Food safety on China's menu

Beijing (China Daily/ANN) - Finding a recipe for confidence in what we eat on a regular basis

It seems there is at least one media story about food safety incidents every month in China.

Last year, several scandals were exposed, including restaurants serving food cooked with "gutter oil" - cooking oil recycled from kitchen waste, decomposed animal fat and organs from slaughterhouses - as well as melamine-tainted baby formula milk and pork contaminated with the weight-loss drug clenbuterol.

As a consequence, food safety has become a controversial issue in China, both for consumers and food makers. Food companies in China and abroad have stepped up their efforts to guarantee quality, especially with regard to identifying its source.

Mengniu, the country's largest dairy producer, invested 2.4 billion yuan ($380 million) and opened two operations in Hebei province in August. One of the two plants includes a dairy farm - the first in the country where milk products are produced alongside the cows that produce the milk.

"The new plant is in line with the strategy of China Oil & Foodstuffs Corporation, Mengniu's largest shareholder, which aims to complete the whole industry chain," said Gong Bo, an industry analyst with Beijing United Innovation Capital Ltd. "The move will benefit Mengniu's market competitiveness and profit margin. At the same time, Mengniu will have direct management of the farm, which helps to provide safe and good quality milk."

In a similar move, McDonald's Corp, the world's largest fast food restaurant chain, is closely cooperating with long-term suppliers.

It has long invested in its supply chain. In China, the company cooperates with Beijing Fuxi Food Co Ltd, which provides beef and chicken for hundreds of McDonald's outlets in northern China. In the United Kingdom, OSI Food Solutions Ltd is the exclusive supplier of beef patties to McDonald's. It has been the US fast food giant's supplier for more than 40 years.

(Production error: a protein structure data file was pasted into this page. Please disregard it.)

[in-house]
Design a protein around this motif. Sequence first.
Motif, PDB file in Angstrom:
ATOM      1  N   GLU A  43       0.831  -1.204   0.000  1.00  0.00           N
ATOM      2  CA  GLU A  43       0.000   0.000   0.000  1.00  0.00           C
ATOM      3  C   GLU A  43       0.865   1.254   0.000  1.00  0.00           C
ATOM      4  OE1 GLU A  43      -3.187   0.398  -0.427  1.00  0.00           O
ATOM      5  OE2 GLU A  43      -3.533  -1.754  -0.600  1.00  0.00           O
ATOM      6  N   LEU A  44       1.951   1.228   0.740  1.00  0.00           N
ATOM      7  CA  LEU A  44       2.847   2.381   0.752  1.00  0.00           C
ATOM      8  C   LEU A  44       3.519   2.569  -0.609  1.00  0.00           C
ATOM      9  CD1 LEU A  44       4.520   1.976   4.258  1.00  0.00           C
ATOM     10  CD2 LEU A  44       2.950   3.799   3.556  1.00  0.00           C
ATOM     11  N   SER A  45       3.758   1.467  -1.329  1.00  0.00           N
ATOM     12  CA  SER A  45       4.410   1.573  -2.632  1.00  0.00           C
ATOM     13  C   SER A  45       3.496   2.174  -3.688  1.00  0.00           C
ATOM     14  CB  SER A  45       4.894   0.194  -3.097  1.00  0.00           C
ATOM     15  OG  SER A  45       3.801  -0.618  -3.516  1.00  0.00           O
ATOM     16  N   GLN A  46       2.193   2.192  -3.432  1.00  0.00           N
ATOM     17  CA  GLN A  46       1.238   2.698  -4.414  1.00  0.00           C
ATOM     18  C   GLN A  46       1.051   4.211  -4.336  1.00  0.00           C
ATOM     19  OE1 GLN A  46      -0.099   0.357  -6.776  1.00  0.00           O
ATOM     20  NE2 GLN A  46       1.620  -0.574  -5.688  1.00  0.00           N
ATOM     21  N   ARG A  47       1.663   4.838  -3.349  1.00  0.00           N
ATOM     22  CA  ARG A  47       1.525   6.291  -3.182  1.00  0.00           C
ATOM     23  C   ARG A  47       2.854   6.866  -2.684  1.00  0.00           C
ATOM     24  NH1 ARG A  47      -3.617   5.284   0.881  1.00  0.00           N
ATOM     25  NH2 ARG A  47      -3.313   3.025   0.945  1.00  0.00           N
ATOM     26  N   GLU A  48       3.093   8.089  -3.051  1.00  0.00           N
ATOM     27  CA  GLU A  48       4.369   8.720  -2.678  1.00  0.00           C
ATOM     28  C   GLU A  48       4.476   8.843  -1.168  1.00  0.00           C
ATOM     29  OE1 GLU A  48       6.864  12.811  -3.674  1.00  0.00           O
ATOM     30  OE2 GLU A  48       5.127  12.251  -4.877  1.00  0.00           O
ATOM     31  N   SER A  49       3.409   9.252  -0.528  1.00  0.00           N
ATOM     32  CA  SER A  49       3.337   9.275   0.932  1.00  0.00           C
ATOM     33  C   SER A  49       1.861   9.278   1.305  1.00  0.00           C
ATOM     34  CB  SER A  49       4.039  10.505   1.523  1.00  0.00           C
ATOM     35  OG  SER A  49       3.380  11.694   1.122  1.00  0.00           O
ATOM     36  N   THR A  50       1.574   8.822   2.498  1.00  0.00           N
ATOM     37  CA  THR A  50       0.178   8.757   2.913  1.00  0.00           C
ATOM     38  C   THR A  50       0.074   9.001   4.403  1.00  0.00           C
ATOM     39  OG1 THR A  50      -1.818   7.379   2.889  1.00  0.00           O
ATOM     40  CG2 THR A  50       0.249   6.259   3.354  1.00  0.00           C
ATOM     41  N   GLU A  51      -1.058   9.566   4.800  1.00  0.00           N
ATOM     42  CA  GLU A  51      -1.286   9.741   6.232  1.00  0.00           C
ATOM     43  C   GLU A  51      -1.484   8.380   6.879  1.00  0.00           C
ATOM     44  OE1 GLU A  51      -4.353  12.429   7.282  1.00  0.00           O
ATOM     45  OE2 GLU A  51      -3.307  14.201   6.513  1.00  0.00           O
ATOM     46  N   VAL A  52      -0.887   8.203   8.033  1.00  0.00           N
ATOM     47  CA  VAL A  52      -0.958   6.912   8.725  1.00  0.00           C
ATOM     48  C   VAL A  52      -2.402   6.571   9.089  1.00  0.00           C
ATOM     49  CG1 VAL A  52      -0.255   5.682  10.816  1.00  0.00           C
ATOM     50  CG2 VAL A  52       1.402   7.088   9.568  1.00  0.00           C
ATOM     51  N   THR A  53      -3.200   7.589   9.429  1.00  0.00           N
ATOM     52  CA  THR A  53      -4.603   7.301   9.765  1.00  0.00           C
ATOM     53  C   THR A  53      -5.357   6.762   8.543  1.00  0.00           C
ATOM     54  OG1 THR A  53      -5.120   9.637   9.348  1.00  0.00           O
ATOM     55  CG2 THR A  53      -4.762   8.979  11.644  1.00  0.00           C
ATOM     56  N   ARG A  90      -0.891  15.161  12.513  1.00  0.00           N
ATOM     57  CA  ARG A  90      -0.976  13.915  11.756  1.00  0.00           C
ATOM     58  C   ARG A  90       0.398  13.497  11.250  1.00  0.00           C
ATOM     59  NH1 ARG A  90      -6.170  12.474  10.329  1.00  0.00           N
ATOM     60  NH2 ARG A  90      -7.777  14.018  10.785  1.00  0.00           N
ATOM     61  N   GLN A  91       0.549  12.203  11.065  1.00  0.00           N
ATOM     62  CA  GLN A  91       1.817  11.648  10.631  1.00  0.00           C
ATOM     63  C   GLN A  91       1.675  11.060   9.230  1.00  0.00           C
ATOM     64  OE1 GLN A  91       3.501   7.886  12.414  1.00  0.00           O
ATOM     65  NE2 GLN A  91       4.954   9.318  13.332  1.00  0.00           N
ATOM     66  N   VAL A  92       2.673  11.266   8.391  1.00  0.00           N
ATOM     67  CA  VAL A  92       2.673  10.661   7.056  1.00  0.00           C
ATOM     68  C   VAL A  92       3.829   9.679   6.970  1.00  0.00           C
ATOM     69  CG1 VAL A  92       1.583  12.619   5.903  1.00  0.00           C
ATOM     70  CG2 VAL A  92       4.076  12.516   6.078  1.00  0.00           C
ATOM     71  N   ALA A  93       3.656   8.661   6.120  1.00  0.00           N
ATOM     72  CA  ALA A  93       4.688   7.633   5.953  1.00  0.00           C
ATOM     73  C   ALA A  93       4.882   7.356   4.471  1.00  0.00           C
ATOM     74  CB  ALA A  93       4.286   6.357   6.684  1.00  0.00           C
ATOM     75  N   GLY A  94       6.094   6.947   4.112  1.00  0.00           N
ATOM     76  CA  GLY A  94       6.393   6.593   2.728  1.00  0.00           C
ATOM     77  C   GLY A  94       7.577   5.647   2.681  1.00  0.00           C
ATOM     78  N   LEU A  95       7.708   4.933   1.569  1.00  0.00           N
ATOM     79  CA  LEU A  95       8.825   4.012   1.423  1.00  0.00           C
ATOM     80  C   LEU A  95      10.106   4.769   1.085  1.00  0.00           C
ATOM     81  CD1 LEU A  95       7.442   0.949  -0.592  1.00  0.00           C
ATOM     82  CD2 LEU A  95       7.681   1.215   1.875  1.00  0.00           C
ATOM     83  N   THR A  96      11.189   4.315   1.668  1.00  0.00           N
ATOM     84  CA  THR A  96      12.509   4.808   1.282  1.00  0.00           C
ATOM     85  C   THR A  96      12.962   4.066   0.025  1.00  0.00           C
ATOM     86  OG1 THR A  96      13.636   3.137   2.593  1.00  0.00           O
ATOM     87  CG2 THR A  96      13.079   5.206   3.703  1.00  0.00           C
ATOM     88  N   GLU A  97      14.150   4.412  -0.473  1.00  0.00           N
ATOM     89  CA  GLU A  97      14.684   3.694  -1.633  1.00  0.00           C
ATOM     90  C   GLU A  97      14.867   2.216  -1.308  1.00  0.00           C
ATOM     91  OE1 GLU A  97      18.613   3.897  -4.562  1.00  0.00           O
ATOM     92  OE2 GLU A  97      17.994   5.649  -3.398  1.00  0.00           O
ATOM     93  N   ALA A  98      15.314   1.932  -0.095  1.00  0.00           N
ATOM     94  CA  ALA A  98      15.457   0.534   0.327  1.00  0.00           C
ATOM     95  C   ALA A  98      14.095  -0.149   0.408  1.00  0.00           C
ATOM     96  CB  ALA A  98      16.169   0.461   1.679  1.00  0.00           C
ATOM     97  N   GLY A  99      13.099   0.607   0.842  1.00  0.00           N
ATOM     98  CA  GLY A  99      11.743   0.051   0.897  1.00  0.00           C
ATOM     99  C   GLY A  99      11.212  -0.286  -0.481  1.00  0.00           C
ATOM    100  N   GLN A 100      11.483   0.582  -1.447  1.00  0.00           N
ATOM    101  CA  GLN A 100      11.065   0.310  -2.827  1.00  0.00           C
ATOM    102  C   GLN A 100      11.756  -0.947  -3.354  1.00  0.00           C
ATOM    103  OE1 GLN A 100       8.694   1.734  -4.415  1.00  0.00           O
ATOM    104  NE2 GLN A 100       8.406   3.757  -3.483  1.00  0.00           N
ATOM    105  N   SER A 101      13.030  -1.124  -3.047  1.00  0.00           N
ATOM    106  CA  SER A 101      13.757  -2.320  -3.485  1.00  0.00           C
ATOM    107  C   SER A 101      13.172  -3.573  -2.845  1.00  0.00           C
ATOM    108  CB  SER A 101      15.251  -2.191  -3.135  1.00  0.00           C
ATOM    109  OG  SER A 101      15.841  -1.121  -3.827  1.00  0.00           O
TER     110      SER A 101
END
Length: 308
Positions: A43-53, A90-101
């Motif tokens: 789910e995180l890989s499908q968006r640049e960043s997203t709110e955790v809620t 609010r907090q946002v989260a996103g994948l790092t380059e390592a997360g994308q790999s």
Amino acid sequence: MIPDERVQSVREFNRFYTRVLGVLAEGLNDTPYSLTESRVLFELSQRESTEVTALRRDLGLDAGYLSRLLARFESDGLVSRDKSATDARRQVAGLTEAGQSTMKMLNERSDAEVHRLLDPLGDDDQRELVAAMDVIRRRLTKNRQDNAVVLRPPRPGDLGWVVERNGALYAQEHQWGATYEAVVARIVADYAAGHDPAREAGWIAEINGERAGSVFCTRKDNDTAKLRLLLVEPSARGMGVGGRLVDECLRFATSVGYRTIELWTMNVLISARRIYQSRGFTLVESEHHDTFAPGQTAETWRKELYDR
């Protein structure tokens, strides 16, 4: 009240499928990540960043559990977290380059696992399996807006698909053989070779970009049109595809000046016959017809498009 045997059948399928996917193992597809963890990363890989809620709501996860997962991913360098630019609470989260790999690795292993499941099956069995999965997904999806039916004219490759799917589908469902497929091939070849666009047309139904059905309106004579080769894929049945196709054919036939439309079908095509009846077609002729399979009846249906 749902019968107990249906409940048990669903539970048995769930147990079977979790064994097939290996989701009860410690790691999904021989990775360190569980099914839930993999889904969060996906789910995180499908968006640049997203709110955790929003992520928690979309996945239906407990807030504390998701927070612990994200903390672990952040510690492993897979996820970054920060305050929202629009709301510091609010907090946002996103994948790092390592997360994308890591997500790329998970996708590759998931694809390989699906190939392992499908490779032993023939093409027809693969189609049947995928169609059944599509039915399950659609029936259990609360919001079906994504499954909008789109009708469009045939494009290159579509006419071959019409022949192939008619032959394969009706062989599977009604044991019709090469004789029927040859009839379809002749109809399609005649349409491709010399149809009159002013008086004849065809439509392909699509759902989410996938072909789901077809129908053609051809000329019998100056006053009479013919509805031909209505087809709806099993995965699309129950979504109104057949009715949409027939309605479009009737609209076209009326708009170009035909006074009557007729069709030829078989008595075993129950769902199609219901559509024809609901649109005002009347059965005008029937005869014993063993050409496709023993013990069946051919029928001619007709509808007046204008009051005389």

According to OSI, all McDonald's burgers are made from 100 percent whole cuts of beef and all the meat is checked for bone and gristle to ensure that none finds its way into patties.

It says the meat is then minced, shaped and frozen to make beef patties. Nothing is added to the meat - no binders, fillers or preservatives.

"We can trace our beef back to the farms where it was produced so we know exactly how the animal was reared. Traceability is essential to ensure our customers have confidence in the safety and origin of the food we serve. From countryside to counter, we keep traceability going every step of the way," said Peter Mitchell, purchasing manager of OSI.

A recent report conducted by Ipsos, an international market research company, shows that more than 60 percent of customers choose foreign rather than Chinese brands. In the opinion of experts this shows the Chinese have little confidence in domestic food companies and that they have done too little in publishing and sharing food safety information.

"Domestic food brands still have plenty of opportunities if they concentrate on quality. Once the quality is guaranteed, the price and psychological advantage can help them," said Kevin Zhou, vice-president of Ipsos China.

"At the same time, domestic food makers should communicate with consumers more than ever, release more information about the manufacturing process to the public and should try to build customers' trust in them," Zhou added.

Industry experts said China's food-safety problems also highlight the failure of government regulation and supervision as it seeks to expand the market economy.

In June, the Ministry of Health joined hands with 13 other government departments, including the Ministry of Agriculture, to release a five-year plan to upgrade food safety regulations.

According to the plan, the government will prioritize safety standards for dairy products, infant food, meat, alcohol, vegetable oil, seasonings, health products and food additives to specify limits for dangerous ingredients. Moreover, the government will make a special effort to set standards for testing various contaminants, food additives, microorganisms, pesticides and animal drug residue in food production by 2015.

In July, The State Council released a statement on its website that said the government will establish a better regulation mechanism, legal and standards systems, as well as technical support systems, to improve overall food safety management in about five years.

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